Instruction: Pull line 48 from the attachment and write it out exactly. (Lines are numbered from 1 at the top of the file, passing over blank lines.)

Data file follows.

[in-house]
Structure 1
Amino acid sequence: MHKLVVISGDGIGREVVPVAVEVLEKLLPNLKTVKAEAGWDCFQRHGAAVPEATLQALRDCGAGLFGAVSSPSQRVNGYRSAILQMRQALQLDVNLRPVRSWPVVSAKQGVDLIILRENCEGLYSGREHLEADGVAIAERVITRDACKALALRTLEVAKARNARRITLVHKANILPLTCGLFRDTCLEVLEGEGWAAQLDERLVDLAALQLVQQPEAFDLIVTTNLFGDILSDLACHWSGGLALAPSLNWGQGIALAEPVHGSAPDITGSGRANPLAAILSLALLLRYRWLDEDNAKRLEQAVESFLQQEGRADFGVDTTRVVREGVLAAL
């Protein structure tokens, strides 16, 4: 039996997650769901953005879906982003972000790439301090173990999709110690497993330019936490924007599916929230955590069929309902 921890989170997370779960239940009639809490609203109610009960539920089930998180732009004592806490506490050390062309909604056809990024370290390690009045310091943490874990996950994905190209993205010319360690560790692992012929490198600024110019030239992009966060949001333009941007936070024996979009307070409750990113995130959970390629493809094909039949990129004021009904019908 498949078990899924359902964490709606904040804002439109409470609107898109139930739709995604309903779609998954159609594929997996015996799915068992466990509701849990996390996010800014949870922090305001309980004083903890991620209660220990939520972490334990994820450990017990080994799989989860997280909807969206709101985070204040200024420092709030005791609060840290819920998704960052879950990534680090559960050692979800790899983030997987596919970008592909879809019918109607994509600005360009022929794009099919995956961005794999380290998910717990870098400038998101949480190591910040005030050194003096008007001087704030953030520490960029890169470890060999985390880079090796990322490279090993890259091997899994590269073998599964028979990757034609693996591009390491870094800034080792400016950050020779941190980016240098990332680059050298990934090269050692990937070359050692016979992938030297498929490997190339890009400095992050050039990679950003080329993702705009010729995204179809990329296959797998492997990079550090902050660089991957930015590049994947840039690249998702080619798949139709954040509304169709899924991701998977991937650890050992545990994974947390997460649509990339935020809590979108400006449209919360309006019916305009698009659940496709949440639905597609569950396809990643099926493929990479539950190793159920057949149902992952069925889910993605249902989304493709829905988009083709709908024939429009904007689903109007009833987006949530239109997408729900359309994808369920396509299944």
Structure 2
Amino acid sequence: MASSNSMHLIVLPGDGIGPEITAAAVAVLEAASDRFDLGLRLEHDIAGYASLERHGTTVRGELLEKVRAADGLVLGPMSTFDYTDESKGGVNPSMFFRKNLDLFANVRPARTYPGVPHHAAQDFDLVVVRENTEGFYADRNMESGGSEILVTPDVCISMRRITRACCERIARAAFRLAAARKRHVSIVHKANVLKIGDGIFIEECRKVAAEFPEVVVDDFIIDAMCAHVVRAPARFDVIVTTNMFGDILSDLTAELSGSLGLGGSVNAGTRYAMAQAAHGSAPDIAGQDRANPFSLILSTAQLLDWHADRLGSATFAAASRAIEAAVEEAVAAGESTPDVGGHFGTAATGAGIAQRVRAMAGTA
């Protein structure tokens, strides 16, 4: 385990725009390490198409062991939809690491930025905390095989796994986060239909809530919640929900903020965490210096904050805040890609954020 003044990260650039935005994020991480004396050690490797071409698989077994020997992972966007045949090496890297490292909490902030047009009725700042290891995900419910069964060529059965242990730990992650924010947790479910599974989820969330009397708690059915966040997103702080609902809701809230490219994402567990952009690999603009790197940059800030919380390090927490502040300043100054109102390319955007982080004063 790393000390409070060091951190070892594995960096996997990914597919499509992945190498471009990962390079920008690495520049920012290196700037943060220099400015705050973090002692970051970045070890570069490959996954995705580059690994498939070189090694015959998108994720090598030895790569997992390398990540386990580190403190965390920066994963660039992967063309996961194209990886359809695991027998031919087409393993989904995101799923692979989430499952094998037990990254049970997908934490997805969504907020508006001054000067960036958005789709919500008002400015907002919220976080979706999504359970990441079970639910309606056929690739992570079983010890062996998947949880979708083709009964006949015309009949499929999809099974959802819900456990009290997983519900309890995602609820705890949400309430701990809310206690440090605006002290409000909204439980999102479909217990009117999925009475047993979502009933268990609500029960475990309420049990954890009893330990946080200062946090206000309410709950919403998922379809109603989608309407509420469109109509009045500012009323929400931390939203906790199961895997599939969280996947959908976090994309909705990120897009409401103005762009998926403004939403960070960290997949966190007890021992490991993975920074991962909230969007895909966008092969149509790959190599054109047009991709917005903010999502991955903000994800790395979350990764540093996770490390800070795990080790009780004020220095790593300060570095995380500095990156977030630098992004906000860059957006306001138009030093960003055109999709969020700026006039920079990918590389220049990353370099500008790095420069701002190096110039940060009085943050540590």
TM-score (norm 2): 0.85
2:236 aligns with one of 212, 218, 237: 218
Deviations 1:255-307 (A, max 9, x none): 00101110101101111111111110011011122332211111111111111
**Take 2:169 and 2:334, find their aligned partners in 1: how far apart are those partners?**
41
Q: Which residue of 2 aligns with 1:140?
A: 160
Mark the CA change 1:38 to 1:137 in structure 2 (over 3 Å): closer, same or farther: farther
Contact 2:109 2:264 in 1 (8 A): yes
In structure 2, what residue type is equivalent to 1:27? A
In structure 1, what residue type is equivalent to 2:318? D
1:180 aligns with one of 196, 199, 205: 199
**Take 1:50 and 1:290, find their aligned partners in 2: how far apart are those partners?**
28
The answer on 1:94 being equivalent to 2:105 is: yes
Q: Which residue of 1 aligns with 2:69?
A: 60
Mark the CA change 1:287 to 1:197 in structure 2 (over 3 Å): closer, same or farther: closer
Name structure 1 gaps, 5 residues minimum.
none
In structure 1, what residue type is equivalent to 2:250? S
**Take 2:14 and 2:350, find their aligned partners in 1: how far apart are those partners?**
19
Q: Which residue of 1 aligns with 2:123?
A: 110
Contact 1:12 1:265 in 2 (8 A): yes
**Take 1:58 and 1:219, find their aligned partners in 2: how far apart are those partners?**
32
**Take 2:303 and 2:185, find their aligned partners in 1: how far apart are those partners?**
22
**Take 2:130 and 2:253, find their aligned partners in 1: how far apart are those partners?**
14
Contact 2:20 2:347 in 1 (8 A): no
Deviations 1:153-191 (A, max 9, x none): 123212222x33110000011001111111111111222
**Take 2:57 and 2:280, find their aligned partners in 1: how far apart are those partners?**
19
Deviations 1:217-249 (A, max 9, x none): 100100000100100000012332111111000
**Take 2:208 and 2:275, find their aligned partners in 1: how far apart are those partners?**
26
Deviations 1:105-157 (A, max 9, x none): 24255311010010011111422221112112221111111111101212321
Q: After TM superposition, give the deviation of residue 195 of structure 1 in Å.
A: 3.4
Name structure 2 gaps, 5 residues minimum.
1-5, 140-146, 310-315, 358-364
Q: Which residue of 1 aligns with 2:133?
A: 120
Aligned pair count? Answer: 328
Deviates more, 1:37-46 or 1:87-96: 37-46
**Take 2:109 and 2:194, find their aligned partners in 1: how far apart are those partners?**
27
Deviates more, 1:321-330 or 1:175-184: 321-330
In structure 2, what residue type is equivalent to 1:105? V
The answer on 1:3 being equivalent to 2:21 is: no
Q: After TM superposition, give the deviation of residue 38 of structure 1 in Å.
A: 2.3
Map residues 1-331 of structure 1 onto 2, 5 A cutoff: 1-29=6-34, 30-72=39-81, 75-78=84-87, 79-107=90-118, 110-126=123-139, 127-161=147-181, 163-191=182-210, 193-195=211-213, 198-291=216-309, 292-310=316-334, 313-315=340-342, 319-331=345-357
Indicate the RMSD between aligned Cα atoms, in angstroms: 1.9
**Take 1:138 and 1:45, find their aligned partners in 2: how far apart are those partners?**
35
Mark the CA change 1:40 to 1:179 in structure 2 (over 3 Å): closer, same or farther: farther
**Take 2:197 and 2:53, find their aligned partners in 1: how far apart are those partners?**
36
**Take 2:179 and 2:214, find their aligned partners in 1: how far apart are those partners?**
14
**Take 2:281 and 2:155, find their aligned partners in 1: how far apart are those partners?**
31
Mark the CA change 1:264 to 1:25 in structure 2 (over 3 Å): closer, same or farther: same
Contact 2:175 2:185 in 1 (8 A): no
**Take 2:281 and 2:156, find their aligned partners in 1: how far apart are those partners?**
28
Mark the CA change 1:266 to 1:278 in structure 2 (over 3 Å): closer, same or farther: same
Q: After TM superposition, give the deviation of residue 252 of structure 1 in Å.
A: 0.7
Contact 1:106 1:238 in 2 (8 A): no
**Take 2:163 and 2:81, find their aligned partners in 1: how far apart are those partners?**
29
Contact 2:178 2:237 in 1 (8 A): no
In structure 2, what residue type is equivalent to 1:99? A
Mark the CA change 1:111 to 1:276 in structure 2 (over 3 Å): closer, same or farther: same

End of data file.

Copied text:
Q: After TM superposition, give the deviation of residue 195 of structure 1 in Å.